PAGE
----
“He’s not Hillary” or “He’s not Trump” may be necessary for partisan political support, but should hardly be sufficient.

At the same time, however, it’s encouraging to see Biden’s approval rate plunging. Not because I have any particular partisan rooting interest in Biden’s defeat (remember, I’m politically homeless). In fact, I don’t want to see yet another American president fail. Instead, the plunge signals that there is no Biden political cult, and he just might be vulnerable to actual political consequences for actual strategic failures.

I’m hopeful that the incredible stability of Trump’s approval rating (negative as it was) is an artifact of his unique cult of personality rather than a permanent feature of American politics.

Speaking of Trump, there’s a wave of folks online who are arguing that he’d never preside over a disaster like this. This speculation strikes me as both useless and fantastical. Here’s what we know—Trump wanted out, and he wanted to get out sooner than Biden. In fact, he agreed to leave in May, and he recently bragged about putting in place a process that Biden “couldn’t stop.”

You may think that the Trump administration would have pulled out faster and better than Biden, but expressing that view with any degree of certainty strikes me as nothing more than partisan wishcasting. Let’s not forget that not only did Trump pull the rug out from under the Afghan government in his peace talks with the Taliban, he actually reinforced the Taliban by releasing Taliban prisoners.

Let’s also not forget his precipitous retreat from most of northern Syria, which included the abrupt abandonment of the Kurds, our best allies in the Middle East apart from Israel. And who can forget when Russians videotaped themselves taking control of a hastily-abandoned military base?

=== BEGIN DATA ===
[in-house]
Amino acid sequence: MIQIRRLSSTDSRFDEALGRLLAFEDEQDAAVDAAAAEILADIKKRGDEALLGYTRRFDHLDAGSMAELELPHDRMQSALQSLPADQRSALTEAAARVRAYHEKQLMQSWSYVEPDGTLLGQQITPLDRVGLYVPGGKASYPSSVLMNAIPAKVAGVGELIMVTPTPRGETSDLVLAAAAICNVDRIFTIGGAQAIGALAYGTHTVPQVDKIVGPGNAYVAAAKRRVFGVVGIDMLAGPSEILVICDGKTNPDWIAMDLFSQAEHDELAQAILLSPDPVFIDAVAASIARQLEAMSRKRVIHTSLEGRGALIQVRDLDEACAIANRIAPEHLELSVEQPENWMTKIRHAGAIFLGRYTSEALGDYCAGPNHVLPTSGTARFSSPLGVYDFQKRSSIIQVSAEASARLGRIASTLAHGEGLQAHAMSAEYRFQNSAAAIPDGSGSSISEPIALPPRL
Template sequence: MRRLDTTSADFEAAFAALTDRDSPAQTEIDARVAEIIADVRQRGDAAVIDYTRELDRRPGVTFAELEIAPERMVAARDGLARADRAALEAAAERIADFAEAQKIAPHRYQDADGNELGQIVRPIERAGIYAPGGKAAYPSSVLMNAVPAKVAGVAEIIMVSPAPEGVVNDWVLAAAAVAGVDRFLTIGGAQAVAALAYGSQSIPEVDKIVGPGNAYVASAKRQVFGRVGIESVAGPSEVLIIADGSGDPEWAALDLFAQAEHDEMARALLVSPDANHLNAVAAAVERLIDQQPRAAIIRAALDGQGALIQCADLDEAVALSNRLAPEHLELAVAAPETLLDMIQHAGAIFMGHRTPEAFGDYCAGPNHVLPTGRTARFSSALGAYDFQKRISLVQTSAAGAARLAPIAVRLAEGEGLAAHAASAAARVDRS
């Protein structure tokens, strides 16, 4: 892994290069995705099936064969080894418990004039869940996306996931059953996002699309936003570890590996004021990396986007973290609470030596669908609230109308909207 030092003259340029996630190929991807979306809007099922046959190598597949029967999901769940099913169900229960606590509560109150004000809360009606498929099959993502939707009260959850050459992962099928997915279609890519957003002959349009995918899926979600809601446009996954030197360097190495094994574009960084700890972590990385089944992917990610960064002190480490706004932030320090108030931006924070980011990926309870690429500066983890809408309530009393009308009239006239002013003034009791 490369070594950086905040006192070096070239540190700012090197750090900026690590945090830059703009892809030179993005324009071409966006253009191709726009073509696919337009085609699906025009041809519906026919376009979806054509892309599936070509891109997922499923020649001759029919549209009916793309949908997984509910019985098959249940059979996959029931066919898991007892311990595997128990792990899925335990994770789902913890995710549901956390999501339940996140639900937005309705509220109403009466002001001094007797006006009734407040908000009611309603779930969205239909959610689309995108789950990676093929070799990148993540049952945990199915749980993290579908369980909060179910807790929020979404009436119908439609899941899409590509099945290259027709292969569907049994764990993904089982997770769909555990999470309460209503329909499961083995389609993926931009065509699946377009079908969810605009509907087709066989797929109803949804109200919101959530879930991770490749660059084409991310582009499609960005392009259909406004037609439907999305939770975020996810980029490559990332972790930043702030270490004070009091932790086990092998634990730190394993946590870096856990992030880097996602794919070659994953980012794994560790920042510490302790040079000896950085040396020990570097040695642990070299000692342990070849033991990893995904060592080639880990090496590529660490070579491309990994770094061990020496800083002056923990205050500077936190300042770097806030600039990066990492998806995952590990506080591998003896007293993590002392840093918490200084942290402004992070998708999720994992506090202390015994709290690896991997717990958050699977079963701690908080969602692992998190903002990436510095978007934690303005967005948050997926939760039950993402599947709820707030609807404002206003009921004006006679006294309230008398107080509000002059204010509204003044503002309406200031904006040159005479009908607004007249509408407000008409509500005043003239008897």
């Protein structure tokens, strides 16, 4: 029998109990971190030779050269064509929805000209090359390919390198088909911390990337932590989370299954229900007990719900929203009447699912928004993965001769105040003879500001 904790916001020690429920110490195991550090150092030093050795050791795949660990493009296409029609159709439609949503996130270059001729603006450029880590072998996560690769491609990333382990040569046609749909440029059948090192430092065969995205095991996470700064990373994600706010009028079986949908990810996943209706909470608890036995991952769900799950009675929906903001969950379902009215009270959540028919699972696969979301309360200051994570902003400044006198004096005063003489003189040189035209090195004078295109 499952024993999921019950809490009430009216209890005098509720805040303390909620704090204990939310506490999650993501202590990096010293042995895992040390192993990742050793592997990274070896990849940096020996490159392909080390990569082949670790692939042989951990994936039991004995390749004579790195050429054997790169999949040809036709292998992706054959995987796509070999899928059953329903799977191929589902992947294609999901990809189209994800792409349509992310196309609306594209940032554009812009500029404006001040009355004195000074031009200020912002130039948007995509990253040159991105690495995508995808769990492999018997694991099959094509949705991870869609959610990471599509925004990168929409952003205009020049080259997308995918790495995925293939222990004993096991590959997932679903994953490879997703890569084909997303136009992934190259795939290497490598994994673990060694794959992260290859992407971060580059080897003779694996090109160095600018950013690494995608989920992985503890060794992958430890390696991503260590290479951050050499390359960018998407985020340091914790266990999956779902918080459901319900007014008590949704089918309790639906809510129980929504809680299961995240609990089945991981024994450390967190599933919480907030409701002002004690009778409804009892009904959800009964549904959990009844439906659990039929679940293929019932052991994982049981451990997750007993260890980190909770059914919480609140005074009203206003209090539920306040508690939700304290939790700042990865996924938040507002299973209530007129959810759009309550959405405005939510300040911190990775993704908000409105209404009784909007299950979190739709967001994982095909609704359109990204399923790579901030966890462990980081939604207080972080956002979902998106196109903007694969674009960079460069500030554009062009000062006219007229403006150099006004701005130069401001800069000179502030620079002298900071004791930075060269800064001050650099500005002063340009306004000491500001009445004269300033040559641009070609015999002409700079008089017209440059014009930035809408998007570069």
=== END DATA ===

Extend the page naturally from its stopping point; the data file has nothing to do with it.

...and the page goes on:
I’ll repeat my grave concern that today’s terrible attack on American troops was no mere parting shot at retreating American forces but rather the explosive start of the next phase of the war. My former National Review colleague Andy McCarthy stated the emerging challenge very well:

If our long war on terror has taught us anything, it’s that granting terrorists safe havens exponentially magnifies the terror threat. Jihadist campaigns take time and resources to plan. It’s no coincidence that the 1998 American embassy bombings in Africa, the near-sinking of the USS Cole in 2000, and the 9/11 attacks took place when jihadists enjoyed the “time and space to operate” that Andy describes.

More recently, it’s also no coincidence that a wave of terror attacks shook Europe at the same time that ISIS captured and held a nation-sized chunk of Iraq and Syria. In that circumstance, ISIS not only planned attacks, it inspired attacks and/or plots here in the United States, including the deadly Orlando Pulse nightclub shooting.

Finally, we’re hearing echoes of the 1970s. After a corrupt GOP presidency (and a short Gerald Ford interlude), a Democratic president won an election promising to restore the honor of the presidency, but the job was too big for him. One of my earliest political memories was the Iran Hostage Crisis and the horrific Desert One fiasco. It was a dark time, and we did not know that “Morning in America” would dawn soon.

May a national morning dawn again. The darkness of the moment is difficult to bear.

David French is a columnist for the New York Times. He’s a former senior editor of The Dispatch. He’s the author most recently of Divided We Fall: America's Secession Threat and How to Restore Our Nation.